Students are simply not learning ethics and are even committing unethical acts during their studies and getting away with it. Acts such as photocopying textbooks, copying other students’ work for assignments, and sneaking electronic devices into exams are just some of the examples of unethical behaviour that students commit. Moreover, some instructors let these acts slide under the table due to the overwhelming amount of work required to report, prove, and prosecute students through administration. This is a serious problem that needs to be fixed both for the integrity of universities and for the success of corporate businesses.

 

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Responding to Resistance

Brookfield’s (2006, pg. 211-233) discussion suggests that before responding to student resistance to learning we first understand the resistance. One issue that I have recently discovered is a lack of clarity in my assignment instructions. I don’t tend to realize this until I start marking an assignment I have assigned and realize that my students have misunderstood the instructions. I ask students if they have questions about the assignments and I encourage them to e-mail me if they need clarification but I typically don’t receive any communication. I also notice that a significant portion of students are not handing in assignments.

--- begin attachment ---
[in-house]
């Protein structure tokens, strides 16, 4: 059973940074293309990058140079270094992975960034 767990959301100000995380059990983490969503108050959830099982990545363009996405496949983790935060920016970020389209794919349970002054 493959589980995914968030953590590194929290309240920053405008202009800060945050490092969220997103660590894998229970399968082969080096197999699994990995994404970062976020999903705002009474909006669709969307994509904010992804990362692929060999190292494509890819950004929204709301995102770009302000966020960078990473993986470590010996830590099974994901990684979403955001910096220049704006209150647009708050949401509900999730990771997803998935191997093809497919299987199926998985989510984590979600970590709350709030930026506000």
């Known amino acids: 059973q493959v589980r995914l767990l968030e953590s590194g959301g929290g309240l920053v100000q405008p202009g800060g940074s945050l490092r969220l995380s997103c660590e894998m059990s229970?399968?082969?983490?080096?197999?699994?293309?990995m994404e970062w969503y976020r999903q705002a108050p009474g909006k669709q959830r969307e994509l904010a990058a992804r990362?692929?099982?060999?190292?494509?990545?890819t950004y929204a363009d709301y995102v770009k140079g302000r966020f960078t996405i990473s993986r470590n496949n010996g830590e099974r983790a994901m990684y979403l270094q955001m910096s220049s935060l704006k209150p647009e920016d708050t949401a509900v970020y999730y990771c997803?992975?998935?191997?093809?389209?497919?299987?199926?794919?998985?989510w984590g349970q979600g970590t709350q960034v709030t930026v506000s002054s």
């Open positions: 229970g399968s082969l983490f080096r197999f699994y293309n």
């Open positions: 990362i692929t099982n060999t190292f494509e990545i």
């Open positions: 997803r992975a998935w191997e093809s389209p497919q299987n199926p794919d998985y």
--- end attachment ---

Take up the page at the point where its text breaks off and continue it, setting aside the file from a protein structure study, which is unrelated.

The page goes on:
Students may be resistant to asking for clarifications in-class because of fear of looking incompetent in front of their classmates. They may resist e-mailing me because I can personally identify them. Brookfield (2006, pg. 230) suggests that instructors distribute as much information as they can about the criteria, indicators, and grading policies for assignments. I should also not assume that silence means they understand the assignment. A survey following the first assignment in the class may serve as good information to use to improve future assignments in the remainder of the course. On searching for literature regarding assignment writing a came across the book A Strategic Guide To Technical Writing by Heather and Roger Graves. I’ll have to obtain a copy as it looks like it could benefit me and my students.